Imagine

It’s forty years (yesterday) since the release of ‘The White Album’, that cornucopia of songsmithery, which remains my favourite Beatles album. So, the fact that we count to base 10 and get all worked up about commemorating anniversaries with a zero on the end of them seems a good enough excuse to give it a spin.

Yesterday also brought the announcement that The Vatican has forgiven John Lennon for his infamous comment on The Beatles being more popular then Jesus. Well, how very generous of them! I wonder that they have a committee that sits very occasionally to decide who next to forgive, or apologise to. I imagine this is complicated, onerous work, involving not just simply ticking off the number-of-decades-elapsed-vs-severity-of-sin chart to see who has come to the top of the pile, but consideration of the need to maintain the church’s face, because any admission of being wrong has to be carefully managed, and the illusion of Papal infallibility maintained through careful wording of the accompanying statement. Could have got there sooner, John, if only you’d worked a bit harder on the ‘Peace and Love’ thing.

The last week also saw Maradona, arguably the most gifted footballer ever, being lauded by English-hating Scots (my, how these traditions persist; one might almost believe they were hard-wired) for his “Hand of God” attribution to his goal that did for ‘the auld enemy’ in the 1986 World Cup. Footballers often try and gain unfair advantage; he reacted to an opportunity and got away with it. (Personally, I blame the referee and linesman.) Yet, it seems to me, this particular piece of blasphemy went beyond mere ego-spouting from a supremely talented young man – it excused him by labelling God a cheat; moreover, one who intervenes on behalf of his favourites. This at a time when the encounter in question was given war-like status, being the first meeting of England and Argentina on a football field since the Falkland’s crisis four years previous. I don’t know where The Vatican is on this pronouncement by someone who, by many accounts, has not exactly lived a saintly life.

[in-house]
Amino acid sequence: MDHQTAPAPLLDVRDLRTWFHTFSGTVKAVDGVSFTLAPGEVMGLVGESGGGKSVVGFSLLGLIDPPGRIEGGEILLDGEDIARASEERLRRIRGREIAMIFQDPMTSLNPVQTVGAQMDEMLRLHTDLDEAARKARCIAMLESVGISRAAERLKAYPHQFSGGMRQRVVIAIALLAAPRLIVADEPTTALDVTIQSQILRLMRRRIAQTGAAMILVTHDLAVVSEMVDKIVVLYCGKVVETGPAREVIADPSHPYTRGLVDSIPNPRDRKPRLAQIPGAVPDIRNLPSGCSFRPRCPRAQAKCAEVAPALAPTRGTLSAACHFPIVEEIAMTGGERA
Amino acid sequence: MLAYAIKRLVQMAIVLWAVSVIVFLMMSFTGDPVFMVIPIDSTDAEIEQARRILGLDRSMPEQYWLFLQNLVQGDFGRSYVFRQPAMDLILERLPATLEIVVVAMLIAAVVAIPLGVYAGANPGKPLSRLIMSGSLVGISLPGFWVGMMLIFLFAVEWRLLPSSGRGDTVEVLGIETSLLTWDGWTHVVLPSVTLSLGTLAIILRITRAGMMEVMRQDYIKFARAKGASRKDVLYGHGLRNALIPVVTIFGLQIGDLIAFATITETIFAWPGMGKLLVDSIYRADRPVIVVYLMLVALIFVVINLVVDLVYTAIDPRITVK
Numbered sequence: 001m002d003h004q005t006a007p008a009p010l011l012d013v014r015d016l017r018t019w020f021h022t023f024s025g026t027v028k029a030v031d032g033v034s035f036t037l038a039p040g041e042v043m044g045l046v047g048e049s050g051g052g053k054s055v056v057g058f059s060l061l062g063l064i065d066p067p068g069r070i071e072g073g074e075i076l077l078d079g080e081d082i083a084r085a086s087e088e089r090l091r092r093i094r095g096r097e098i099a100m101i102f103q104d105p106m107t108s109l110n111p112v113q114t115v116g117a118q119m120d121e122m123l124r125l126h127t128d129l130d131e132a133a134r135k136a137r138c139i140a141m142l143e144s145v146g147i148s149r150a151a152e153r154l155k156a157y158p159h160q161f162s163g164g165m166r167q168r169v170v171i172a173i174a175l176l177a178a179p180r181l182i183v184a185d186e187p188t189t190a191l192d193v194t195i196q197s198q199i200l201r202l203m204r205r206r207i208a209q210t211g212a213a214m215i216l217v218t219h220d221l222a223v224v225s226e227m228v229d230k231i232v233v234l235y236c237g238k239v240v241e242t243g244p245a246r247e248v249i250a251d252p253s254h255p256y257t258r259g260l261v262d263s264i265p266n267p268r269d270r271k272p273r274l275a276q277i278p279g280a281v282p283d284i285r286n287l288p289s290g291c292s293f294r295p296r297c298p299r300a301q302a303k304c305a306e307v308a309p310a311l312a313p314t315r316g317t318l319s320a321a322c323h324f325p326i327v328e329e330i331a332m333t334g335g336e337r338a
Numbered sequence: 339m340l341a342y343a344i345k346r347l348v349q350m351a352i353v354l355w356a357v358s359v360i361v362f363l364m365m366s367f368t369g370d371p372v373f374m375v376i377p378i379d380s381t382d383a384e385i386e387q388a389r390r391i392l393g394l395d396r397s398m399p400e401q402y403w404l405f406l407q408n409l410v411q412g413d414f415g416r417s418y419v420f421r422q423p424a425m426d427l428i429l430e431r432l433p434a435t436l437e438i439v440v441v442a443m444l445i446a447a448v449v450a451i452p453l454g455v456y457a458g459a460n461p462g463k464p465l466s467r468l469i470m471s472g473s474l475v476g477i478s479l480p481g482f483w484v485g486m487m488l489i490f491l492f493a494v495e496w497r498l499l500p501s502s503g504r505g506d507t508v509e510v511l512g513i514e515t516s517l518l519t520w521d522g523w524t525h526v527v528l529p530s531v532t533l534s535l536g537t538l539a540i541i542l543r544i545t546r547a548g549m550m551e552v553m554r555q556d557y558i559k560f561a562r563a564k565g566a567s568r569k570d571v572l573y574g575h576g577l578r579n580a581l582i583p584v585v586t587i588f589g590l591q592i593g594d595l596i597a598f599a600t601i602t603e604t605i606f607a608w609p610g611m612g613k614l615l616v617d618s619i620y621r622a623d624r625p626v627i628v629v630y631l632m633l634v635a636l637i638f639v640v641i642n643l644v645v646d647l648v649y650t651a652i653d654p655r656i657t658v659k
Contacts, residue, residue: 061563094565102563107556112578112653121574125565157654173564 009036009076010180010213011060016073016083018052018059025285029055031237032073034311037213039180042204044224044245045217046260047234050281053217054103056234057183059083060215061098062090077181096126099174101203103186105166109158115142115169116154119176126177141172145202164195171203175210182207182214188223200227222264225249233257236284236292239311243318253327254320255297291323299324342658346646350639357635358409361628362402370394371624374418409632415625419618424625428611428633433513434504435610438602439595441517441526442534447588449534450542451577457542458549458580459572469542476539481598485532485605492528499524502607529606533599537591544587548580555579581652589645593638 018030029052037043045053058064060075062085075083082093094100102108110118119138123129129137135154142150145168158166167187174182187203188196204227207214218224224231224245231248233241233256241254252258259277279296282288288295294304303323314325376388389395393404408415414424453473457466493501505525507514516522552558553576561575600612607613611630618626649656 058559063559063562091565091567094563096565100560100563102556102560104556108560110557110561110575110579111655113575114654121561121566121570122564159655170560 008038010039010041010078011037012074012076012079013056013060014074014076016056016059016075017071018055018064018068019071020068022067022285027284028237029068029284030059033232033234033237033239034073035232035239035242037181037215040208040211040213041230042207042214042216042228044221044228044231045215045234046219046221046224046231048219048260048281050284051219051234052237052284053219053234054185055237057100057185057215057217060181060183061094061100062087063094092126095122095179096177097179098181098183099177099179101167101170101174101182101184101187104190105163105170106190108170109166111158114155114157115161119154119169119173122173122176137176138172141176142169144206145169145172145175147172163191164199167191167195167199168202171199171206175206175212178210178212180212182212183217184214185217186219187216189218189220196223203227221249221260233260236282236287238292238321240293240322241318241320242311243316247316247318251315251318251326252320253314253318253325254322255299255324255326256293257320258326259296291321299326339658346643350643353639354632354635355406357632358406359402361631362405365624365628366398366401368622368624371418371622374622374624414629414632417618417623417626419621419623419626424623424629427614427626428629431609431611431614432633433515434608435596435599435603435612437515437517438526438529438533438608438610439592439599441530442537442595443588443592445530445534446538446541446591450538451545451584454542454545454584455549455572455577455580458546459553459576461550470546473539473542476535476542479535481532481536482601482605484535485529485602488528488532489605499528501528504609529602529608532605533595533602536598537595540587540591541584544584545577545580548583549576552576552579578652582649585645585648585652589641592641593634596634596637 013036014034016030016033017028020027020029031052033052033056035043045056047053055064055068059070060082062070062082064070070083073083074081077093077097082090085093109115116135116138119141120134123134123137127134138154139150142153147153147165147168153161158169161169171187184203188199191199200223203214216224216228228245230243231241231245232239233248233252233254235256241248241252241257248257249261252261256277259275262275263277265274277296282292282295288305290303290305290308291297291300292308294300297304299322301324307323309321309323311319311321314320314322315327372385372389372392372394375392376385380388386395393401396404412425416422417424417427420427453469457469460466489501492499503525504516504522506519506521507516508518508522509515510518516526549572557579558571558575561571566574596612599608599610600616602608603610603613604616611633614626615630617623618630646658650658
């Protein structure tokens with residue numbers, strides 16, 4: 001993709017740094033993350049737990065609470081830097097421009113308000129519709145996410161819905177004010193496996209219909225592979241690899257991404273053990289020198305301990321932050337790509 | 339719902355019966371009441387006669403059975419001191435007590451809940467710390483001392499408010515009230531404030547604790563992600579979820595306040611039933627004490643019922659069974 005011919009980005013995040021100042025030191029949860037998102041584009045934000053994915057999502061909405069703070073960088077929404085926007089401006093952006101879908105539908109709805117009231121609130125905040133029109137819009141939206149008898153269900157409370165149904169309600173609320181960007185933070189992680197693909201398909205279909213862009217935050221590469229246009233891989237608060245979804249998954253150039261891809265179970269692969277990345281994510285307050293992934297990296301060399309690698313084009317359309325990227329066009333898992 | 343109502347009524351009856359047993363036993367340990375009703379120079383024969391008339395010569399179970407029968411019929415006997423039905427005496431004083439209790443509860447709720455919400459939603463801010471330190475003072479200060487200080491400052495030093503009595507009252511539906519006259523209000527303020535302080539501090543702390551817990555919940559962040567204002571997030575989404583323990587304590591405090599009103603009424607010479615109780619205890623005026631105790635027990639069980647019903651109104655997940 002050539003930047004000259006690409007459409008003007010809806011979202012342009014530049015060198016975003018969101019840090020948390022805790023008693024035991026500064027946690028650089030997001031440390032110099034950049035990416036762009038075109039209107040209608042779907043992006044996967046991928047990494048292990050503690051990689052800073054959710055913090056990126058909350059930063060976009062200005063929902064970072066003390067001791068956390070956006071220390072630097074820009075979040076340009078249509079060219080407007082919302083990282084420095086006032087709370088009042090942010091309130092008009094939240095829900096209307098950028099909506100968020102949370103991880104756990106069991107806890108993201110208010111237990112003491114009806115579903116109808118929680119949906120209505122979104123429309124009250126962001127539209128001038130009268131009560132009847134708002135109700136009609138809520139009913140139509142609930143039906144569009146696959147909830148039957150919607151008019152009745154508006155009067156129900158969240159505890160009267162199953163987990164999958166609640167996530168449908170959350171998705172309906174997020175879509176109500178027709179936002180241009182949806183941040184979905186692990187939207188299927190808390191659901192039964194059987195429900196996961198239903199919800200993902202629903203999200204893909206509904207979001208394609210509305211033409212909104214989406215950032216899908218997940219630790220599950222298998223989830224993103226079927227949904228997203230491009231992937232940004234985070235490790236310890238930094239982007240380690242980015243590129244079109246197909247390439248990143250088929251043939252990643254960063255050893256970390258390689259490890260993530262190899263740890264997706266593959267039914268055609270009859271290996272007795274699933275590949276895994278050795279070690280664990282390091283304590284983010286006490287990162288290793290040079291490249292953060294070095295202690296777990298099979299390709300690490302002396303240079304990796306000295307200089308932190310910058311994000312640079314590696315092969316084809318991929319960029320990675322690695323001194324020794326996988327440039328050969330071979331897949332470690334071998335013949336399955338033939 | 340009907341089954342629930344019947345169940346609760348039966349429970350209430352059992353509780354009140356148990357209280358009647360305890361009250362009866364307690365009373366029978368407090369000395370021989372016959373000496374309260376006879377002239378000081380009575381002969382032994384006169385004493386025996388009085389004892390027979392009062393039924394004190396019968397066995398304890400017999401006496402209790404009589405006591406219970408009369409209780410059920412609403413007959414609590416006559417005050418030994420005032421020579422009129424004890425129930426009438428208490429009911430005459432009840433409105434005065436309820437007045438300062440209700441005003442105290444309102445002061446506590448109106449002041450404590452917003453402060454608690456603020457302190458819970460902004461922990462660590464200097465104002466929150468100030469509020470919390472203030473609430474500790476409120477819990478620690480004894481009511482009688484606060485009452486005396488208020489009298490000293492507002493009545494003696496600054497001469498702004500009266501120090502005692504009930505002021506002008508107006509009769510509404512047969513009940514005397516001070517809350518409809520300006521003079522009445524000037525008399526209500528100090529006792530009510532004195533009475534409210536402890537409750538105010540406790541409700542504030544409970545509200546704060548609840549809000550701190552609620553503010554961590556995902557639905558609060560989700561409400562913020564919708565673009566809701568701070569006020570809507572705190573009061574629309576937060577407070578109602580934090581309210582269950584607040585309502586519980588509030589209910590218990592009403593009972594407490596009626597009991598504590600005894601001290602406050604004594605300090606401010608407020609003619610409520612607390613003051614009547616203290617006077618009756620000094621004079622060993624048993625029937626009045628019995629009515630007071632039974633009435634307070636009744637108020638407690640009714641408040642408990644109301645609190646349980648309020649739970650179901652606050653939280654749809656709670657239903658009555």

Most of us, I think, have long since had little problem with Lennon’s ‘boast’. Likewise, most (outside Argentina) recognise Maradona’s divine accreditation to be nonsense. However, if ‘God works in mysterious ways’, and ‘we’ have much work to do in order to understand his(/her/it/their) mind, then who the heck are ‘we’ to decide for the rest of us when and where divine intervention or influence occurs? So, are Lennon’s and Maradona’s comments any more ridiculous than the patronising bandwagon-jumping that acknowledges ‘God’ for scientific advance, such as occurred in response to last week’s wonderful news? I mean, were the author’s of the impending science paper consulted?

Bloody cheek!

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